Architecture students are often constrained by their inability to visit worksites when needed. For my HCI class, our team of two worked with architecture students at Virginia Tech to see if we could integrate immersive technology into their workflow. We created a VR application system that pairs with a robot allowing users to visit worksites remotely, saving them time and money and giving them the flexibility to explore their worksites in a 3D environment.
I was responsible for user research, the digital wireframes and prototypes, and helping with user testing.
User Experience Design and Research

Aug - Nov 2022

Grace Reback and Jasmine Ly
Design Process
1. Analyze
In order to gain a better understanding of how VR is used in architecture education and the Virginia Tech architecture studio space in Cowgill hall, the team conducted background research, ethnographic research, and user interviews. I collected data through user interviews and background research and then created Work Affinity Notes (WANs) and consolidated them into a larger Work Activity Affinity Diagram (WAAD).
- User interviews with 2 current Virginia Tech architecture students
- Ethnographic research of architecture studio in Cowgill hall
- Background research on architecture education and the use of immersive technology such as VR in architecture
Work Activity Affinity Diagram (WAAD)
The team conducted a WAAD from the WANs created during research. The WAAD allowed us to organize the notes collected and gave us a better understanding of how the architecture students at Virginia Tech work and learn.

Flow model detailing the design process of architecture students

Flow Model of Typical Architecture Student's Workflow
I created a flow model of a Virginia Tech architecture student’s workflow to better visualize the scope of their entire work practice. The flow model provides an overview of the workflow and design process that the students go through.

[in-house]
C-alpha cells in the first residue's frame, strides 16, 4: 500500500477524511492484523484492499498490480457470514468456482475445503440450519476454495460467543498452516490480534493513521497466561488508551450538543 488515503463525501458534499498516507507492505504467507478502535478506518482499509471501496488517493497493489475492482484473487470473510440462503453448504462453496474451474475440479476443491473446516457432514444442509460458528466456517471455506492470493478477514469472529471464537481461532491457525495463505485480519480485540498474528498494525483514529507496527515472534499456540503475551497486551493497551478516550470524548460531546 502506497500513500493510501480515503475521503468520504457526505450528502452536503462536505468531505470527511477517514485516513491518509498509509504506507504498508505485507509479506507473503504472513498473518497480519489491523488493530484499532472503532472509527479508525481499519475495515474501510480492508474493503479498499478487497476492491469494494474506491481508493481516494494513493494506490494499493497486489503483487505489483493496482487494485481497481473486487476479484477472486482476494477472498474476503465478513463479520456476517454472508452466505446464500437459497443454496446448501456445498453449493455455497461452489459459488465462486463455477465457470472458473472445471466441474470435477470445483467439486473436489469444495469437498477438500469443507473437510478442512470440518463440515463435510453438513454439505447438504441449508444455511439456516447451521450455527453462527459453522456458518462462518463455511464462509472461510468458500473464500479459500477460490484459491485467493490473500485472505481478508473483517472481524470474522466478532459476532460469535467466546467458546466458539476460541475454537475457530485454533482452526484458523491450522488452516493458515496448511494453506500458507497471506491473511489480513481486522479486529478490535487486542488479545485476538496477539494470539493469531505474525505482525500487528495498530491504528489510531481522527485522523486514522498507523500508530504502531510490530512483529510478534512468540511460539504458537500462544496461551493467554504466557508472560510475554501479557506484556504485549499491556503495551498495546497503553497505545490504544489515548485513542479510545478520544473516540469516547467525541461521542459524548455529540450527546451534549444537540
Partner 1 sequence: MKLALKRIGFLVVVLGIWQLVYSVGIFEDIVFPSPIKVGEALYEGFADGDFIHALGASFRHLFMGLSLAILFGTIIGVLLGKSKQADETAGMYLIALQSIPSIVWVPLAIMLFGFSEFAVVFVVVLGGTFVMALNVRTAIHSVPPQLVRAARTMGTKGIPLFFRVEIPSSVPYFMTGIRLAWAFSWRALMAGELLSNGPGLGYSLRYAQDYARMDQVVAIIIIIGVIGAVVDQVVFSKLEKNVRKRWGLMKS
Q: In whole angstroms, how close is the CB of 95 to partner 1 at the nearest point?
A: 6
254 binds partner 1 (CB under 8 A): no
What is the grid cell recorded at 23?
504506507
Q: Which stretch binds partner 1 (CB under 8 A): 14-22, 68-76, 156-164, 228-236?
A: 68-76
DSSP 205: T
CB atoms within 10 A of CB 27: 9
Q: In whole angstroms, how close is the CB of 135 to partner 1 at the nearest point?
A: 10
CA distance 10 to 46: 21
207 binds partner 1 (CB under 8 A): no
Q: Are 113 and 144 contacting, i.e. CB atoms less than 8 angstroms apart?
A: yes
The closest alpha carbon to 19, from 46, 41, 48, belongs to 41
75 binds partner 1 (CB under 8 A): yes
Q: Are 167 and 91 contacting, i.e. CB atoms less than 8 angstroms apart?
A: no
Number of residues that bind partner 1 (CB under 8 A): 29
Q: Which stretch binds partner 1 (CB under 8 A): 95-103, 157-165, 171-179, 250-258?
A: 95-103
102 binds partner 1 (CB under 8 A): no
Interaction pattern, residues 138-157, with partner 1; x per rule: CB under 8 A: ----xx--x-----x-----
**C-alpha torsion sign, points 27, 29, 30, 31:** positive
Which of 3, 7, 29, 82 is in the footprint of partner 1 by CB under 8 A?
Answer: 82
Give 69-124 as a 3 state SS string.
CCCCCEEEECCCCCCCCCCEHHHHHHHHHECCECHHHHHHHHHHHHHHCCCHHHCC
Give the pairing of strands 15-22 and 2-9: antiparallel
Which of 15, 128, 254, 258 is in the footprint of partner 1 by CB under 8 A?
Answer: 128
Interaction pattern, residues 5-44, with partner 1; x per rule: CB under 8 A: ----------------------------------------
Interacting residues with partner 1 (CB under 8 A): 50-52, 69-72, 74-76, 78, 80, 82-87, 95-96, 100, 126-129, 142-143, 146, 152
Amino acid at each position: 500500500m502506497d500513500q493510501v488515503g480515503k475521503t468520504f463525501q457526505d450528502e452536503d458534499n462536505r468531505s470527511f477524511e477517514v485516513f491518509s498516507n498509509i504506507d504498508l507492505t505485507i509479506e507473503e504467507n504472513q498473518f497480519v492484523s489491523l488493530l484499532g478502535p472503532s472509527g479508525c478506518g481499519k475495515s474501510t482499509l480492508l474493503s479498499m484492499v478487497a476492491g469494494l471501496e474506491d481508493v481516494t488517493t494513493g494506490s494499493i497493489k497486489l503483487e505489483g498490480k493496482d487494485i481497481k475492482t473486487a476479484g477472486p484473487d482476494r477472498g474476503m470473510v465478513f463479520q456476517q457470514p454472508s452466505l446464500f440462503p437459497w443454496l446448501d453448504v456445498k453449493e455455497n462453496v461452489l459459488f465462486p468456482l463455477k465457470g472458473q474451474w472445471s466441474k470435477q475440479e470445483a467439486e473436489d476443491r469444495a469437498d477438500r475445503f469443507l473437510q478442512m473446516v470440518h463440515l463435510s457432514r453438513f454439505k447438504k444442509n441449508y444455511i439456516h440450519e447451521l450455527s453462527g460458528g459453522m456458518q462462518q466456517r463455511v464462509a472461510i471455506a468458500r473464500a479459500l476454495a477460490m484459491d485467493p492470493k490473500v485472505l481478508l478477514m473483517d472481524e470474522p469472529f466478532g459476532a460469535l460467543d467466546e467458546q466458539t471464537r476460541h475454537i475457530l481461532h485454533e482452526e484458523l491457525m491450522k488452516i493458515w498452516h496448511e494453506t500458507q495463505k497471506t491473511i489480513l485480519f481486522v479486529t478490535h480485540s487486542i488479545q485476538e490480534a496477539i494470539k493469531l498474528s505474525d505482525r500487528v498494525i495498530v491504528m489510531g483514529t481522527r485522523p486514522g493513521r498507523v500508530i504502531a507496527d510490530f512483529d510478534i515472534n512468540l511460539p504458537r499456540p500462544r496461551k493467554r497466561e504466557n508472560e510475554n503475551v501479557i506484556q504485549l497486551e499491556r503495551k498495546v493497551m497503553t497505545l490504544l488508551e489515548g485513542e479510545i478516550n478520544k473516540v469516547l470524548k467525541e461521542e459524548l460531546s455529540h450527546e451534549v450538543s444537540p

Based on the model we were able to see the iterative nature of the student's work. They will often repeat many rounds of sketches and feedback before finalizing designs. The flow model also illustrated the other active entities such as professors and peers.
Physical Model of Cowgill Hall 
I created a physical model of the basement of Cowgill Hall to visualize the space student work in to gain a better understanding of how the work-related environment factors affect tasks in real usage.

The physical model of Cowgill Hall illustrates the main studio space for architecture students at Virginia Tech. It was important for us to understand the physical space where students work and everything in the space affects each other.​​​​​​​
2. Design
I created personas based on the research conducted in Phase 1 to use as a starting point for our ideation sessions. The team then conducted several ideation and critique sessions to brainstorm ideas. Afterward, we voted on ideas to narrow down solutions. I then moved on to creating a storyboard and an application outline based on the goals and requirements.​​​​​​​
Five personas were created and were used their descriptions and frustrations as a starting point for many brainstorming sessions. Our target persona is Anne, a third-year architecture student whose main goal is to figure out a way to gather information about her worksite despite not being able to visit it in person. Other personas include architecture professors and potential clients.
Ideation and Critique
We started our ideation sessions by creating “How might we” questions based on each persona’s frustrations and background. We then chose one question we wanted to focus on for that specific session and started to sketch ideas on sticky notes. We then picked our favorite designs and identified the most important aspects of each and discussed how they were connected to each other.